The first scam was brought to the attention of the Fraud Prevention Task Force by a fellow staff member at the Circuit Attorney's Office. She had received a telephone call from a man with a heavy accent who claimed to represent Windows. He explained that Windows discovered she had a computer virus. He could fix this for her if she would open her computer. She immediately became suspicious and asked the caller to prove his identity. He gave her the phone number of 866-539-8674 and said his employee badge number was 6012. She refused to cooperate and hung up on the caller.
This scam works when a criminal calls and tries to convince the victim that a virus exists when in fact this is not the case. Another variation is introducing a virus into the computer through an email when its attachments are opened or its links are clicked.
The second scam that has been reported in the area involves bogus calls. According to the AARP's consumer advocate Sid Kerchheimer, December 2013 showed an alarming increase in telephone calls and text messages to victims indicating there were problems with the victims' credit or debit card accounts and bank accounts. Thousands of people have been targeted in Georgia, Kentucky, Massachusetts, Minnesota and Missouri.
In this scam, victims are informed via a recorded voice or text message that their bank account, credit, debit or ATM card has been frozen or closed, often due to "fraudulent activity."
The victim is often instructed to call a "fraud hotline" where a recorded or live voice instructs them to provide sensitive data such as account numbers or PIN numbers. These are all forms of "phishing" or trying to elicit personal information for purposes of identity theft. When done by phone, it is called "vishing," short for voice phishing. By text, it is called "smishing" named for SMS, the communications protocol which sends texts.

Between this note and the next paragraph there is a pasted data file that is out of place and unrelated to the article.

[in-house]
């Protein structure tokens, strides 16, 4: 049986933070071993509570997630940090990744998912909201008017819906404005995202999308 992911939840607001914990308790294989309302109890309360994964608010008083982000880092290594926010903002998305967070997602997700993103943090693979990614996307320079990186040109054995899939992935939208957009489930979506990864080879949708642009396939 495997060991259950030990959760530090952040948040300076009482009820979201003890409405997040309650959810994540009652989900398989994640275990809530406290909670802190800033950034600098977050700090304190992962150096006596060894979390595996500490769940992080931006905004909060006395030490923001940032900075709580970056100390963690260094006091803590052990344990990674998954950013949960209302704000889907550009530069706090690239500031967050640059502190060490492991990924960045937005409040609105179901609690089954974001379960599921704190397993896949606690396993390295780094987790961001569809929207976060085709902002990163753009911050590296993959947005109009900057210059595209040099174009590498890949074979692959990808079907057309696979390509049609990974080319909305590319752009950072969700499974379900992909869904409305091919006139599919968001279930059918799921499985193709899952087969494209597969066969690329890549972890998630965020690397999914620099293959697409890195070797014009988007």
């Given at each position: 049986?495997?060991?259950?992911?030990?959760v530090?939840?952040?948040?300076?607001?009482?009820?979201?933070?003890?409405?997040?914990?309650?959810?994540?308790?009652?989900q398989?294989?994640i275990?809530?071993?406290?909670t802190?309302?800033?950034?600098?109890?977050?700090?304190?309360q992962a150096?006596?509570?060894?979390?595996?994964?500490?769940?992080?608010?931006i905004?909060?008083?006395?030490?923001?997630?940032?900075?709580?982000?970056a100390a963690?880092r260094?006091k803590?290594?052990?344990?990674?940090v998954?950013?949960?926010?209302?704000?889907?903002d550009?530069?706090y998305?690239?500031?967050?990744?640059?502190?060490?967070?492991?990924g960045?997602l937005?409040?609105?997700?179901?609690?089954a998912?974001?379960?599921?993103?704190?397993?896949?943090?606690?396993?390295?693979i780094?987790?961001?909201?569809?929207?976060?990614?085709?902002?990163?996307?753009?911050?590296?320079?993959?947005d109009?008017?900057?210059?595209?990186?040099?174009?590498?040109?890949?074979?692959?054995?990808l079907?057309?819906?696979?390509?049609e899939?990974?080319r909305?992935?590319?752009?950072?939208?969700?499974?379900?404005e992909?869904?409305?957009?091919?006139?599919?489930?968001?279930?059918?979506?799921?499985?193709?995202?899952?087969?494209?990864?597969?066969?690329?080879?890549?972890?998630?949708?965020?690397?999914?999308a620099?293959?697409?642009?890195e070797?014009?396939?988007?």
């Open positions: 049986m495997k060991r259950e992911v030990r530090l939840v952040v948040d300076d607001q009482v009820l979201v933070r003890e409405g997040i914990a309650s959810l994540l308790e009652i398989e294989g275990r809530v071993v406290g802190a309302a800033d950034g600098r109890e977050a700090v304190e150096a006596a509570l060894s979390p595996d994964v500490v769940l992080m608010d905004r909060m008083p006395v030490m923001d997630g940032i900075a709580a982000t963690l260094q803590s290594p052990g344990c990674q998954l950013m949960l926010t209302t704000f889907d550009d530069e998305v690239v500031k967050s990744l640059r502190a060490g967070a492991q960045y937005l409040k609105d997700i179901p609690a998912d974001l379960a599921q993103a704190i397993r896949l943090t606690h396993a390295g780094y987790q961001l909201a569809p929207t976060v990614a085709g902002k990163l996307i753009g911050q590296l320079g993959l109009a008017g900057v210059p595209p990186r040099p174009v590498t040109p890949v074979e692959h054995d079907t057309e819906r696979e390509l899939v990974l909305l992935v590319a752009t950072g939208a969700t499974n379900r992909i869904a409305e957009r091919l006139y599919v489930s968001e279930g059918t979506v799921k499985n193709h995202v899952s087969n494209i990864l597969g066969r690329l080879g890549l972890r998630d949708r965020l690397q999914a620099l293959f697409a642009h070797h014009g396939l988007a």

Cities Hope Supreme Court Will Hear Red-Light Safety Camera Appeals
ST. LOUIS, MO, (SLFP.com), January 31, 2014 - Cities from across Missouri hope that the Missouri Supreme Court will hear a series of appeals filed in cases challenging the validity of red-light camera ordinances. These inconsistent lower-court rulings have caused uncertainty for municipalities and threaten their ability to pass a wide range of local public safety ordinances beyond red-light cameras.
The Missouri Municipal League (MML), which represents the interests of 674 municipalities, has filed amicus briefs in support of the Missouri Supreme Court hearing the appeals. MML believes the Missouri Supreme Court can provide cities with clear direction and guidance to clear up the conflicting decisions at the court of appeals.
"Local elected officials and law enforcement need the ability to pass and enforce municipal ordinances dealing with public safety," said Dan Ross, MML Executive Director. "These conflicting lower court rulings have caused uncertainty and threaten to undermine the very system of local control that Missourians strongly support. We hope the Missouri Supreme Court will hear these appeals and provide the cities the guidance they need to improve public safety through local ordinances."
More than 30 Missouri municipalities, including St. Louis and Kansas City, have local ordinances dealing with red-light safety camera enforcement. As part of every program, the company operating the cameras sends videotape of incidents to local law enforcement, which then independently make terminations about when to issue violations.
While some of these cities continue to enforce these ordinances, others have temporarily suspended their programs due to uncertainty caused by these conflicting court rulings.Kansas City is joining a 10-city effort to significantly boost energy efficiency in city buildings, a move that could over time lower the energy bills of Kansas City businesses by as much as $55 million annually and cut the equivalent amount of energy generated by 29,000 homes annually.